Test results on two new storage products:
1. The new Acard HARDWARE IDE RAID that works with a flip of a switch.
2. The new 15,000 rpm Seagate Cheetah.
This page has 4 OBJECTIVES:
1. To introduce the new Acard Hardware IDE RAID card for Ultra ATA/66 drives.
2. To use "real world" hard drive tests to compare different drive configurations.
3. To show those who sneer at IDE arrays that they are just as fast as SCSI arrays, even in the "real world."
4. To show how one Seagate Cheetah running at 15,000 rpm compares to a striped array of dual Seagate Barracuda 18XL's running at 7200 rpm each.
ADOBE PHOTOSHOP 5.5 REAL WORLD TEST
The idea is to get a very large Photoshop document (27MB) and edit it with minimal Photoshop app size (23MB). This forces Photoshop to use the Scratch Disk constantly as virtual memory. You define the Scratch Disk using Photoshop Preferences. (The BAR IN RED denotes the fastest SCSI and the fastest Ultra ATA configuration.)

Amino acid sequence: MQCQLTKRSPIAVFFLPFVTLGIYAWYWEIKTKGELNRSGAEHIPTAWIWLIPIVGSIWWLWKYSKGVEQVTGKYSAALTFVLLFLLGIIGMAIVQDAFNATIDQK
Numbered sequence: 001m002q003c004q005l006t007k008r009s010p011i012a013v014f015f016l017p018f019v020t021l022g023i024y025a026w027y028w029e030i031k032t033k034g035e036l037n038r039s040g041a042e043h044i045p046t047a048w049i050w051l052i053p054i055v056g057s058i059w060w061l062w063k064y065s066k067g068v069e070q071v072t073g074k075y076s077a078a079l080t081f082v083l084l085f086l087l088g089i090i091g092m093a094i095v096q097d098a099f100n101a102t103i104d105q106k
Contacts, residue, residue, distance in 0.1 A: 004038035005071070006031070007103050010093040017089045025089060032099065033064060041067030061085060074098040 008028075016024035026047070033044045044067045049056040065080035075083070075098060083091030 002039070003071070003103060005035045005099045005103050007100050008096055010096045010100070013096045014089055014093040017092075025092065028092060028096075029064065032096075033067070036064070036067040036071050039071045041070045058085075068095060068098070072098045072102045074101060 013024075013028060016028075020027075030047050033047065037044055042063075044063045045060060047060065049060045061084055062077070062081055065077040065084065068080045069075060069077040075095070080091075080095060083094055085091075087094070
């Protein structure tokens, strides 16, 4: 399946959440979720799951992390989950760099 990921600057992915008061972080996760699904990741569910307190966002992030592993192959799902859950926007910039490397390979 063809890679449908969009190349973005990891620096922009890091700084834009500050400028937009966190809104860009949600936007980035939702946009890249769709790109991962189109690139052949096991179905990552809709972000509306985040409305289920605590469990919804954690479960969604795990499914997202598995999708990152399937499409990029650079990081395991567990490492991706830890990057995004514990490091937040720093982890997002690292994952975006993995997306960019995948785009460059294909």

(CHART NOTES: The "Lotza RAM" entry is a test run with Photoshop Application Size of 223MB instead of 23MB in all the other cases. It's to prove that the Scratch Disk is really being exercised. It also shows why nothing beats gobs of RAM when it comes to optimizing Photoshop performance!
Are we having fun yet?
OLD FAITHFUL DUPLICATION TEST
I thought I'd throw this in the "real world" mix. I duplicate 3 copies of the 27MB Photoshop document. It forces the drive to read and write to itself simultaneously. (I usually publish these results in MB/sec but this time it's just TOTAL SECONDS.
Some of those who sneer at IDE raids say, "Just try duplicating a bunch of smaller files." Okay.
UNREAL WORLD BENCHMARK
And, just for yucks, here's the SUSTAINED READ/WRITE numbers from ATTO's ExpressPro-Tools 2.3.2:
(YET ANOTHER CHART NOTE: All the times are for the G4/400 Sawtooth.)
One Cheetah at 15,000 rpm does very well against two Barracuda's at 7200 rpm. You might want to consider one really fast drive instead of two kinda fast drives in an array, especially if you are tight on drive bays.
Ultra ATA/66 striped arrays (one card, two drives) are just as a fast as Ultra2 SCSI striped arrays (one card, two drives). And they cost half as much for a comparable setup (PCI card, and two drives).